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A CurtainUp Review
The Roads To Home

Teach me to pray.— Annie
You can't teach something like that, honey. That's between you and God. Ask God to teach you. He will.— Vonnie
I have. But he hasn't.—Annie
Harriet Harris, Rebecca Brooksher and Hallie Foote (Photo by James Leynse)
The plays by Horton Foote, including my favorite The Trip to Bountiful, are often defined by how beautifully he addresses what may look on the surface as the sheer and utter banality of everyday reality. For that reason it is hard not to gush over The Roads to Home which may not be in the top tier of his canon but is, as are his best plays, framed by a engaging serenity and a gentle touch of sadness. And let's not forget the humor that also almost unwittingly defines the women who most often drive the plots.

It is the women, Southern to be sure to the core, with whom you will surely become engaged in these gracefully connected one act plays that were first introduced as a complete evening in 1982. This lovely production by Primary Stages now at the Cherry Lane Theater has a sublime cast under the fine direction of Michael Wilson, who guided to great success Foote's multi award-winning nine-hour epic The Orphans' Home Cycle (along with many more of Foote's plays.)

Any opportunity one gets to see Hallie Foote the supreme interpreter of so many of her father's characters, should be considered a treat. Although Hallie only holds forth for the entirety of the play's first half, she casts a spell that unquestionably rubs off on the other excellent actors. . . not that they need any boost to register their characters as memorable.

The play's opening segment entitled A Nightingale is set in Houston, Texas where Mabel (Foote) is enjoying a gossipy get-together with her friend and neighbor Vonnie Hayhurst (Harriet Harris) who has recently moved to Houston from her hometown Harrison (where Foote has set many of his plays and aligned in spirit to his own hometown of Wharton). Their trivia-filled gabfest soon becomes unexpectedly unsettling with the arrival of Annie (Rebecca Brooksher), whose mental stability is questionable if not bordering on lunacy, the result of witnessing the murder of her father. A kind of rescue is effected by her husband (Dan Bittner) who tries to stabilize Annie's increasingly neurotic behavior.

In The Dearest of Friends the plot thickens as Vonnie becomes aware that her husband Eddie (Matt Sullivan) is cheating on her and wants a divorce. So used to seeing Harris as a more bombastic character, I was overwhelmed by her stunningly poignant performance as the desperate housewife. Vonnie's confrontation with her husband isn't easy but it gets un-easier when Mabel steps into the fray and when disinterested husband Jack (Devon Abner) refuses to take sides. While there is a poignancy to the situation there is also humor in it as Mabel takes some bold steps to validate Eddie's indiscretion.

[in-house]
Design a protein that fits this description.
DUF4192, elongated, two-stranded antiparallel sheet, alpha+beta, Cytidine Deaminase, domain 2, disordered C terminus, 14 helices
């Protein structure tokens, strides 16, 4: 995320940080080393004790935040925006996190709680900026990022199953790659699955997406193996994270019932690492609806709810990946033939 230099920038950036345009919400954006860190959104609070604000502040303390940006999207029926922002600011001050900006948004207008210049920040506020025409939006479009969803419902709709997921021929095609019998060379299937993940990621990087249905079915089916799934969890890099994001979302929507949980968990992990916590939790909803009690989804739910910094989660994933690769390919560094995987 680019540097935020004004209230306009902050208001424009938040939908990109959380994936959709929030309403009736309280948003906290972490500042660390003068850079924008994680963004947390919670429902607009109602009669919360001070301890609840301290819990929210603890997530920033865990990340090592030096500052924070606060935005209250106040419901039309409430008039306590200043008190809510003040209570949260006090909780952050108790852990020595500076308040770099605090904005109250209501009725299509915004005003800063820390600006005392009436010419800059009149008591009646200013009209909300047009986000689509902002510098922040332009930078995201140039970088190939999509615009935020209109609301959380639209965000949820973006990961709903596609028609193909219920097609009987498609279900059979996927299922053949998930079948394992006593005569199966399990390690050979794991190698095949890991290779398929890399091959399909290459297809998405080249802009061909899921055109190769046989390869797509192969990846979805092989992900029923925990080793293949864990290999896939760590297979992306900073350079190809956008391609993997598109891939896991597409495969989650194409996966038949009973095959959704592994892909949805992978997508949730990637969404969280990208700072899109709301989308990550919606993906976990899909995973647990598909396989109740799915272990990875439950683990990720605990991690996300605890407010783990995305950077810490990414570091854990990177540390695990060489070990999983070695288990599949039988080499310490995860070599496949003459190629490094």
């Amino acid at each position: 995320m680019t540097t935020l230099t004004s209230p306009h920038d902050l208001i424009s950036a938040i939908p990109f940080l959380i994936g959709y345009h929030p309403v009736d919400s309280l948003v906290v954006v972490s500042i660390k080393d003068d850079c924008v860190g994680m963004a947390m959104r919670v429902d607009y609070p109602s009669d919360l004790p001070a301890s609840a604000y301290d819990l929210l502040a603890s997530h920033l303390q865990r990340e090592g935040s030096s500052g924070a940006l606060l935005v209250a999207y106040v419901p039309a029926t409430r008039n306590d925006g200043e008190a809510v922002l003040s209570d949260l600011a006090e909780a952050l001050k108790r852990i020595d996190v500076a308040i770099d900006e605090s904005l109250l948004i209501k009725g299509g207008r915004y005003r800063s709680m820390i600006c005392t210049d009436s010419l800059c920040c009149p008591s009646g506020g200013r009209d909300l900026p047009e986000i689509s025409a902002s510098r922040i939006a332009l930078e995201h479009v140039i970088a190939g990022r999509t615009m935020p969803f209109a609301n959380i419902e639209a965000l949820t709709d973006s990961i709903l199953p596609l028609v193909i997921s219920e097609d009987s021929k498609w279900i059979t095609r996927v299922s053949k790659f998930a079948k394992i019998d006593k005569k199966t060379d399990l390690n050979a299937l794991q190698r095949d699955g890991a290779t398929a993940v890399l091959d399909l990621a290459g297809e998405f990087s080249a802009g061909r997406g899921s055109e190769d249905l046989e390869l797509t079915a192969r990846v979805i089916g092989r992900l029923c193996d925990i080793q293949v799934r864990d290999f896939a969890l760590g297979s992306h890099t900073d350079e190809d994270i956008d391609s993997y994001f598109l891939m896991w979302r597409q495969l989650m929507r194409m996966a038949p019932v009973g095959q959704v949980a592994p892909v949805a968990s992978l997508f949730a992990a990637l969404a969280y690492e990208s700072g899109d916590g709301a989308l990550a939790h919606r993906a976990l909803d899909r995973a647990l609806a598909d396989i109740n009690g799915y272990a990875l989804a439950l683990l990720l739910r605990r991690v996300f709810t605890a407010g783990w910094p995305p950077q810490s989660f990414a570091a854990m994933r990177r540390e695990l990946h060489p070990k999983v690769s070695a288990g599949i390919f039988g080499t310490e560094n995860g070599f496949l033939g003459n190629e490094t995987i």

Spring Dance is the closer. It's set in the garden outside the mental facility where the delicately delusional Annie has been a resident for what turns out to be for a fluctuating number of years. Her disjointed awareness of events and relationships are woven into the three gentlemen (as winningly played by Bittner, Abner, and Sullivan) who respond kindly with their own and always gentlemanly distorted visions. It is in these moments that we can almost feel the presence of that other great Southern playwright Tennessee Williams as Annie grasps ever so tentatively on to the fluid reality of what she wants to remember as home.

Technical credits, including Jeff Cowie's settings, David C. Woolard's costumes, and David Lander's lighting, are first rate as they provide all the ancillary roads to home.

Curtainup previously reviewed two other productions of these interlinked plays in 2005: in DC and in 2006 in Los Angeles . For more about Horton Foote and links to other plays reviewed at Curtainup, see the Playwrights Album's Horton Foote Backgrounder.

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The Roads To Home
by Horton Foote
Directed by Michael Wilson
Cast: Devon Abner (Jack), Dan Bittner (Annie's husband Mr. Long), Rebecca Brooksher (Annie Gayle Long), Hallie Foote (Mabel Votaugh), Harriet Harris (Vonnie Hayhurst), Matt Sullivan (Eddie).
Scenic design: Jeff Cowie
Costume design: David C. Woolard
Lighting design: David Lander
Original music and sound design: John Gromada
Stage Manager: Robert Bennett
Running Time: 2 hrs. and 10 minutes with 1 intermission
Cast:.Primary Stages at the Cherry Lane Theatre, 38 Commerce St.
212-352-3101 Commerce Street
From 9/14/16; opening 10/05/16; closing 11/27/16
Wed-Sat 8; Sat 2; Sun 3 - see Website for other schedule details. Reviewed by Simon Saltzman based on 9/28/16 performance

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